11. The woman in the photo has long hair and she is at an age where long hair is not flattering. Based on her hair style, I’m speculating that shares the same quiverful religious beliefs as Carri Williams and probably got caught up in the same Above Rubies orphan fever that got the Shatz’s and Williams’s.

    I have to give the woman credit for realizing she was in over her had and looking for help with a solution. I also understand how she would think that an African American father would be a better fit for their Liberian child. Trusting people are no match for people who have been lying scumbags all their life. Red flags are easy to ignore when you want something to work out. Thankfully the original adoptive mother followed up and tracking their adopted daughter down and took her back.

  12. Please for heaven’s sake trace this back to the agencies. “Adorable little 7 year old blond Caucasian boy…” who has lived in an orphanage all his life…he NEEDS YOU says the PR.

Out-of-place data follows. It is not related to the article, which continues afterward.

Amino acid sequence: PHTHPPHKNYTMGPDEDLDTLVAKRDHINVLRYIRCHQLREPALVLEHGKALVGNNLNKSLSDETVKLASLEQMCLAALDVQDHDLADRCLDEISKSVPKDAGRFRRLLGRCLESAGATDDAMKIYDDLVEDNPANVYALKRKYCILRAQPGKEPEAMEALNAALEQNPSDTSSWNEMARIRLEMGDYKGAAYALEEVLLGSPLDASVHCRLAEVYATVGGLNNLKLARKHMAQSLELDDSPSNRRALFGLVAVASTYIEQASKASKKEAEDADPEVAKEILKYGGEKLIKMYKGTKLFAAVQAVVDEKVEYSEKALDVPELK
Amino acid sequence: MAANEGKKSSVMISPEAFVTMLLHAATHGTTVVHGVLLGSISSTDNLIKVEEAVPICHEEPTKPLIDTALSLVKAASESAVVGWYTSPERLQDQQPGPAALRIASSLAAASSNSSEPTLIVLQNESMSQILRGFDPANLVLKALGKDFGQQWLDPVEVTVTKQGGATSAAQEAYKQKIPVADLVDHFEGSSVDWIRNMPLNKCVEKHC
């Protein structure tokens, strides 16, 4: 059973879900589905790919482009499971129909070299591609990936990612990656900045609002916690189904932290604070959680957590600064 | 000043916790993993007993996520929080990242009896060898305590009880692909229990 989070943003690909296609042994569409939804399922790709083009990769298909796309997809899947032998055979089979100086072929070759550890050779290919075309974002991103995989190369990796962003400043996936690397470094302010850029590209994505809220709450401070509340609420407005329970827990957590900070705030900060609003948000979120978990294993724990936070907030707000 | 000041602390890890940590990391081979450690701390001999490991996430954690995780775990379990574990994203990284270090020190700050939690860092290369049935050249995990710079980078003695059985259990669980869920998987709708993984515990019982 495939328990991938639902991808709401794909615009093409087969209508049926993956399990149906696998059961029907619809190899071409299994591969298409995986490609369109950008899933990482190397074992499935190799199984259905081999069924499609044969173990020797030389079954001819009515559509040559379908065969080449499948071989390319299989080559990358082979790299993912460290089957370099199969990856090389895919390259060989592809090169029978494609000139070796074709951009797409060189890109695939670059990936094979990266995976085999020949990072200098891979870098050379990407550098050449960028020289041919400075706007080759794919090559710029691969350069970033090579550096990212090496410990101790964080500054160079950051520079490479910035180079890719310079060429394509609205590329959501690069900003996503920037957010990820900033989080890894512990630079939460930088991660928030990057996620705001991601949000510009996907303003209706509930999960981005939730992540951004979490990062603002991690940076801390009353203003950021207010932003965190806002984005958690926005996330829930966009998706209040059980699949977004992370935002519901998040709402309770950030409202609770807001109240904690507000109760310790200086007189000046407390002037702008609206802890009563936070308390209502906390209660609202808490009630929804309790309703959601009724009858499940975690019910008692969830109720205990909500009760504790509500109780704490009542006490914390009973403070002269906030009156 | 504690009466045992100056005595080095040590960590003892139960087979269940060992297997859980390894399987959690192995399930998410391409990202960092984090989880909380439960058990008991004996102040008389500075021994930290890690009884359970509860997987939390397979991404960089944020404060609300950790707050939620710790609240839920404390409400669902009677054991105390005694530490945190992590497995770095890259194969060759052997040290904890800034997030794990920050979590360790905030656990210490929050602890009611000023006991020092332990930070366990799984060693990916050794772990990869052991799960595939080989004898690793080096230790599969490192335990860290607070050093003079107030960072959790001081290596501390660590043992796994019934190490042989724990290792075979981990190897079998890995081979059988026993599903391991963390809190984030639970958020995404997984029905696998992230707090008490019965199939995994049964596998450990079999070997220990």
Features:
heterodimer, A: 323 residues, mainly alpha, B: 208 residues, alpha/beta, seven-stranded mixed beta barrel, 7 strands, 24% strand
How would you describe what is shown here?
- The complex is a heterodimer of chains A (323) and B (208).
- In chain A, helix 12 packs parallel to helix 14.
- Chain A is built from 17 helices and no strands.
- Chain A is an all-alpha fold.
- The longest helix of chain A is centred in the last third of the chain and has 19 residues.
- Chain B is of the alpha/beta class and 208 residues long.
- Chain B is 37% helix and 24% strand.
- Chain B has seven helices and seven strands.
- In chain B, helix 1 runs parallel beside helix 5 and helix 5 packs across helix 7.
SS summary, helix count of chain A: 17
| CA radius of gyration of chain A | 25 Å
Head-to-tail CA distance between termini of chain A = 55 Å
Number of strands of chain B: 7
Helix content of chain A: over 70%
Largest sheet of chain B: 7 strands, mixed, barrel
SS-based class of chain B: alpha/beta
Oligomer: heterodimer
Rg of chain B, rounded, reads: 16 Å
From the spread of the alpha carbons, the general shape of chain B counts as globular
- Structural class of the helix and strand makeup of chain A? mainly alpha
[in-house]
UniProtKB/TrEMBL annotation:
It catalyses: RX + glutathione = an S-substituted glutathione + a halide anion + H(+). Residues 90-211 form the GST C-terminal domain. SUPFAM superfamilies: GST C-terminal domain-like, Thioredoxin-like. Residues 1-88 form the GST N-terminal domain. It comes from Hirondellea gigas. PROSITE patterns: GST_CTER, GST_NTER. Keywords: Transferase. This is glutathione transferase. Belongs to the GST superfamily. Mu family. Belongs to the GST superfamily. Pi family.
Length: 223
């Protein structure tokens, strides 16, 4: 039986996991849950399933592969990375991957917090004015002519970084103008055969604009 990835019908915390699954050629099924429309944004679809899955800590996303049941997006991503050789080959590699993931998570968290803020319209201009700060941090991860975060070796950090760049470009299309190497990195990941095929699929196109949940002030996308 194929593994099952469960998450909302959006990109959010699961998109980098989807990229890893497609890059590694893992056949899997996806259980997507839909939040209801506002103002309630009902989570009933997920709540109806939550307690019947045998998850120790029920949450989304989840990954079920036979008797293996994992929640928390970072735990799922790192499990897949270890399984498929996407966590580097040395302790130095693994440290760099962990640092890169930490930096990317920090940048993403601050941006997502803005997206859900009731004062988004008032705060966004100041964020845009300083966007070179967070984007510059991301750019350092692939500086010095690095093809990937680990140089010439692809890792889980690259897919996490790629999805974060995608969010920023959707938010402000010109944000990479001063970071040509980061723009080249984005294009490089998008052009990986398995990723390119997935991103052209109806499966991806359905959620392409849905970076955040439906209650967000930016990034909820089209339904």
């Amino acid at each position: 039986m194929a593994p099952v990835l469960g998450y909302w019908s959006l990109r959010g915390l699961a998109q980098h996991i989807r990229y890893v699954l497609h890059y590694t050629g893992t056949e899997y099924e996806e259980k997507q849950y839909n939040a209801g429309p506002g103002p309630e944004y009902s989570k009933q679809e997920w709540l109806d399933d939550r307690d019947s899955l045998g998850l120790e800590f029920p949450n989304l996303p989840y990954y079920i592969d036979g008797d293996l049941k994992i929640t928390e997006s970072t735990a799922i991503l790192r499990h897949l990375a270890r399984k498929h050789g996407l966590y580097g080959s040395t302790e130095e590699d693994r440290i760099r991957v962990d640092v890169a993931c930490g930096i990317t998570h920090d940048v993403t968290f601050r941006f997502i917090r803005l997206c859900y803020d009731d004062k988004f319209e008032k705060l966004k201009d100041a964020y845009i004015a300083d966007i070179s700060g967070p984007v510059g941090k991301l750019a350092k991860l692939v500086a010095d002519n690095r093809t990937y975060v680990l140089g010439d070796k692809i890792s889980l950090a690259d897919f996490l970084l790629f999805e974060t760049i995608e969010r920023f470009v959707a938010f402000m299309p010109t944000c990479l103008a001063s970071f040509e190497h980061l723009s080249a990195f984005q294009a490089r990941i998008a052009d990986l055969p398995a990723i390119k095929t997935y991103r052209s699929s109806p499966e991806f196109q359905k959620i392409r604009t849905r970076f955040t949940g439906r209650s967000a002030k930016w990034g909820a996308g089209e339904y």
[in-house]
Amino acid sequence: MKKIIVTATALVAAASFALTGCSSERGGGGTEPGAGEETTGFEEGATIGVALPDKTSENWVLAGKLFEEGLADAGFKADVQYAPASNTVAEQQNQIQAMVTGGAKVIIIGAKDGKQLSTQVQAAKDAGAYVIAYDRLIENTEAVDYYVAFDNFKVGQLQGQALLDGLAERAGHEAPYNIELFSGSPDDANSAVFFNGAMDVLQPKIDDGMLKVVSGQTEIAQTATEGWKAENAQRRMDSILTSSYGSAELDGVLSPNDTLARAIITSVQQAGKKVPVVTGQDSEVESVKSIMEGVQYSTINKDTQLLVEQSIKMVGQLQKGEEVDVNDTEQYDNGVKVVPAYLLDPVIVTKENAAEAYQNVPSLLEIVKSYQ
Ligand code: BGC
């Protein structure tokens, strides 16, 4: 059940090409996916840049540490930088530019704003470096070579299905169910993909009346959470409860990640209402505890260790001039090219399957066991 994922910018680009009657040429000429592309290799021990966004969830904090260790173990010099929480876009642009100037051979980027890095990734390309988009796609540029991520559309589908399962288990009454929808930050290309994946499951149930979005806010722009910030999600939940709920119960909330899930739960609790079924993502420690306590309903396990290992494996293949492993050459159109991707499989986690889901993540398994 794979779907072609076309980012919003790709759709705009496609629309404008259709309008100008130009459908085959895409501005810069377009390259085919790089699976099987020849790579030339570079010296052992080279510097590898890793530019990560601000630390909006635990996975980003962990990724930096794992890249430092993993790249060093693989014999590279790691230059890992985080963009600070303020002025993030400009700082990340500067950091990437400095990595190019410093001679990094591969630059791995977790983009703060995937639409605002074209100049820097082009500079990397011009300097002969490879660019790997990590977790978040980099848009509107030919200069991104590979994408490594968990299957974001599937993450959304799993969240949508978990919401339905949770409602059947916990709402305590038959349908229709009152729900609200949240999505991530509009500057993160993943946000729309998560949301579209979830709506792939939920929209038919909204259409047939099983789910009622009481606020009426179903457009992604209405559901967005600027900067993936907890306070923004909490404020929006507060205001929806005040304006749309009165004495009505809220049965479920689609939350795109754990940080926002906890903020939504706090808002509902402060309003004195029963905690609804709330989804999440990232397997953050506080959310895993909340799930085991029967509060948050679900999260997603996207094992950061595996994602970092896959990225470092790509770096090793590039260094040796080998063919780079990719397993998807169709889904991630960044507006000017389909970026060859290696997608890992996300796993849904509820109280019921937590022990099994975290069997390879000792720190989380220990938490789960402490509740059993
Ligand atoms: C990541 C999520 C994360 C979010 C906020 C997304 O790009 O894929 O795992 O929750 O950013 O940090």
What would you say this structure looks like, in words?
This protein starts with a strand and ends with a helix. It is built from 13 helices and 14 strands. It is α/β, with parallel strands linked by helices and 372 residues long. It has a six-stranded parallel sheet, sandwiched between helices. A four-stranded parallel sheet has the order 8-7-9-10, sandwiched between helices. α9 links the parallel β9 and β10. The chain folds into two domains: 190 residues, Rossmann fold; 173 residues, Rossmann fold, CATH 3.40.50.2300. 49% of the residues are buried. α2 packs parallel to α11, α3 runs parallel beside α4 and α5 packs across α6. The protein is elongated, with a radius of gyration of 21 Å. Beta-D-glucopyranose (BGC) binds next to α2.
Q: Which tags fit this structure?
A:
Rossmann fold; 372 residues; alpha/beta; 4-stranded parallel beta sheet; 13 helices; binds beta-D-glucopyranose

Unmentioned, as “no one knows”: FAS, PTSD, ADHD, RAD… doesn’t speak any language, is unrelentingly violent all day every day, not toilet trained.

    Big $$$$ change hands. Please, look at the agencies’ role.

    • There is no doubt that adoption agencies have a huge role here, in terms of insisting on all possible information from the child’s orphanage/institution, in terms of disclosing all information to prospective parents, in terms of providing top-notch, thorough preparation for prospective parents, and in terms of ensuring that adoptive parents have access to useful, effective post-adoption resources. Further, agencies should make clear to families that there is no shame or stigma in seeking help for a child; in fact, it is a sign of strength.

      There is also no doubt that there is big money involved in placements. I have written about the adoption tax credit, and how those billions of dollars currently helping fund private and international adoptions could at least partially go toward better pre-adopt and post-adopt services. See my post “The Right to a Credit and a Child.”

  13. This article was horrible. I had no idea that this was happening, and for so long–since 2004! I also sent the link on to 2 agencies that I have worked with in the past. Hopefully, they will also take a stand and help out.

  14. That was so disturbing. Thank you for sharing the article. We should all do as you say and write our representatives and also share it.

    Anxiously awaiting Justice for Hana, Justice for Immanuel!